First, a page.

These 174 Rescued Foxes Are Now Buddhist Monks

174 Foxes Rescued From Fur Farm Rehomed at Buddhist Sanctuary

One-hundred-seventy-four foxes rescued from a fur farm have been rehomed at a Buddhist sanctuary.

The white foxes were rescued in China by animal activist BoHe, who has devoted her life to saving animals. She operates a rescue shelter in Mudanjiang, housing over 2,700 dogs, many rescued from the dog meat trade. She also has garnered the support of dozens of dedicated volunteers, including Karen Gifford, an animal rescuer who raises awareness about and garners support for BoHe’s rescue efforts.

Sharing videos and photos online, Gifford updated people about the fox rescue mission. The animals are “born in the spring and skinned in the winter,” Gifford said on Facebook. “It’s horrifying for sure.”

She revealed that BoHe and her supporters were able to rescue the animals after learning that farmers were closing their fur business due to lack of profit. Rather than donating the foxes to a sanctuary, the farmers had been skinning the animals alive and feeding their meat to other foxes, Gifford said.


Domestic Breeding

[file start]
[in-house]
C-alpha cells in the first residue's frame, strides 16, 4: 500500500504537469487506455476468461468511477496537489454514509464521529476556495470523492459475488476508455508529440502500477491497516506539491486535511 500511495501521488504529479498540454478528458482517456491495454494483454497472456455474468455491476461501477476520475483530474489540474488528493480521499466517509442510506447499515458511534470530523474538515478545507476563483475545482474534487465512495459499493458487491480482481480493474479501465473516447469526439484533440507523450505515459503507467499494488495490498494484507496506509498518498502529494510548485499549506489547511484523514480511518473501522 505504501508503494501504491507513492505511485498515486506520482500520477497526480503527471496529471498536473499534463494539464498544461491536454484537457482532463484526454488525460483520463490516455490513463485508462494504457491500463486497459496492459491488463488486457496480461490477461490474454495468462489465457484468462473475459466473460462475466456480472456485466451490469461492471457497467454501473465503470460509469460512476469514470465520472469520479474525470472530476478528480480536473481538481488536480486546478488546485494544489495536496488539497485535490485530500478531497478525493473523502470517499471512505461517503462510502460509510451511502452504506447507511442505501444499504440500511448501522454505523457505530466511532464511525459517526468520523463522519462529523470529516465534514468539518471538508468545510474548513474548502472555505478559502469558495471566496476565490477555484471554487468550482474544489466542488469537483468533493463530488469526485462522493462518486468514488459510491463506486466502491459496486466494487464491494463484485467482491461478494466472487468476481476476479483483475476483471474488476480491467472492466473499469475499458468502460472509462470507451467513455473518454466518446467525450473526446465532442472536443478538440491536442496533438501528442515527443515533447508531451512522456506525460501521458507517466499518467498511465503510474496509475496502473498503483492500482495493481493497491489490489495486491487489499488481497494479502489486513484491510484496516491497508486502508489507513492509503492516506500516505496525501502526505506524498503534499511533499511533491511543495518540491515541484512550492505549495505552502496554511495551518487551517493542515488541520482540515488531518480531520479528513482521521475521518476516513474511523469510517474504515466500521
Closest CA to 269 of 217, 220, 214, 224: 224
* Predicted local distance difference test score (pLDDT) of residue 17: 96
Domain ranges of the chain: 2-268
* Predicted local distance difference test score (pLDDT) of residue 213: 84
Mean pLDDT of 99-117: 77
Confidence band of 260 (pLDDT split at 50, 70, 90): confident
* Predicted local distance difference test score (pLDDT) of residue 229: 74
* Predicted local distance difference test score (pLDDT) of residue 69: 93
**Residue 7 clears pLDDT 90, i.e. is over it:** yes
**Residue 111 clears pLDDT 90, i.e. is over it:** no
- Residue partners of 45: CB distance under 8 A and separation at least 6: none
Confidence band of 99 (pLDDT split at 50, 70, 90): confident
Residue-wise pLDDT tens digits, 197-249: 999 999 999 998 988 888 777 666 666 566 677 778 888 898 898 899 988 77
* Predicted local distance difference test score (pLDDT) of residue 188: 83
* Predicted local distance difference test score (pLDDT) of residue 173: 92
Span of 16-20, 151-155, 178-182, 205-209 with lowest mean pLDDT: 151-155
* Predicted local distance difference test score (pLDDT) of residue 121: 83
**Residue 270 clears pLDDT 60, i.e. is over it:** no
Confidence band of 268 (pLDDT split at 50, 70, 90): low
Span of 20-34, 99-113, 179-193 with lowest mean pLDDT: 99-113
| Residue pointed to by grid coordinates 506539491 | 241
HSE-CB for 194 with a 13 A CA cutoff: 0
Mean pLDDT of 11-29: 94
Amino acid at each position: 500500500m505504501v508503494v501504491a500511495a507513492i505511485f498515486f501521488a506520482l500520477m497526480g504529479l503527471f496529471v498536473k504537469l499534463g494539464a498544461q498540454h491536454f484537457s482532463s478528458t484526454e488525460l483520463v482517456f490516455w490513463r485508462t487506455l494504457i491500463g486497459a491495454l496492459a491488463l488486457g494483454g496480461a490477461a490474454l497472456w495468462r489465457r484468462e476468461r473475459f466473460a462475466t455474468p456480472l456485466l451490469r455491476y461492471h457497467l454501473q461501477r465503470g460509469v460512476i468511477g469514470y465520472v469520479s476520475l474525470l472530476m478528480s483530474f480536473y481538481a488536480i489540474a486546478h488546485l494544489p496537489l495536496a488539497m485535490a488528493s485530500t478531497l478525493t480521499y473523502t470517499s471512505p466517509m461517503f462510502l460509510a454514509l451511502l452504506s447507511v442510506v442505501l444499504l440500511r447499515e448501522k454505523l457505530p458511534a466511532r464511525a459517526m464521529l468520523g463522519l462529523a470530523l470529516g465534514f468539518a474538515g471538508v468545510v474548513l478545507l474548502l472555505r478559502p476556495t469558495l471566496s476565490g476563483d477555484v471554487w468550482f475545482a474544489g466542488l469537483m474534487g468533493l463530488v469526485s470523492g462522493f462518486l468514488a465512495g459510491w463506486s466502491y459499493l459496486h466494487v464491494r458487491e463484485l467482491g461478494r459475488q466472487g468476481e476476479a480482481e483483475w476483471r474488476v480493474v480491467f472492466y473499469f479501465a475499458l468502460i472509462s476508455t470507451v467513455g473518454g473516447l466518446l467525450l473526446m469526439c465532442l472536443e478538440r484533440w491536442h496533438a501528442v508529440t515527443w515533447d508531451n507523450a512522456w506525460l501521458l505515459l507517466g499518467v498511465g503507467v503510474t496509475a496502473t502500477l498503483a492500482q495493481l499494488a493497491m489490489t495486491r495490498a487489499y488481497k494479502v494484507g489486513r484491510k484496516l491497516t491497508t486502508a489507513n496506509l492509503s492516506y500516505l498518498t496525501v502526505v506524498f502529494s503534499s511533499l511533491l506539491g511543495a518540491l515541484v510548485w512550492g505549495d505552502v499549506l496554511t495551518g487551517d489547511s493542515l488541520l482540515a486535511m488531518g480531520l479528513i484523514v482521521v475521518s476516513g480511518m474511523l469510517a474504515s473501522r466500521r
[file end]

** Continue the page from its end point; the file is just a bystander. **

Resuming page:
Since the animals were never wild – they were domestically bred before being killed at a young age – they cannot be set free. Instead, the animals will live out their lives on a sanctuary, surrounded by nature and monks.

Gifford’s posts show the animals being released from small cages into the Buddhist Jilin Nursing Garden in Mudanjiang, China, which will act as a temporary home until an adequate enclosure is built for them.

“Tears of joy!!! Omg omg omg can you imagine???” she captioned the posts, adding that now “these foxes will be safe from harm and fed for the rest of their lives! These precious creatures now being able to run and play and live.”

One video shows a Buddhist monk kneeling beside the foxes in prayer.

Gifford is helping BoHe to raise money to buy dog food to feed the rescued animals. In a statement, BoHe said that soon they will be out of food for the foxes. She begged animal lovers to take fewer taxi rides and pass on cigarettes and instead use any extra money to donate to the cause. “Saving lives is easier than protecting lives. Protecting virtues are equally important,” BoHe said.

Gifford thanked those who had already shown support. She wrote, “I’m sure your hearts swell seeing these videos and the Buddhist monk standing among the foxes free in the garden. What can be better than this?”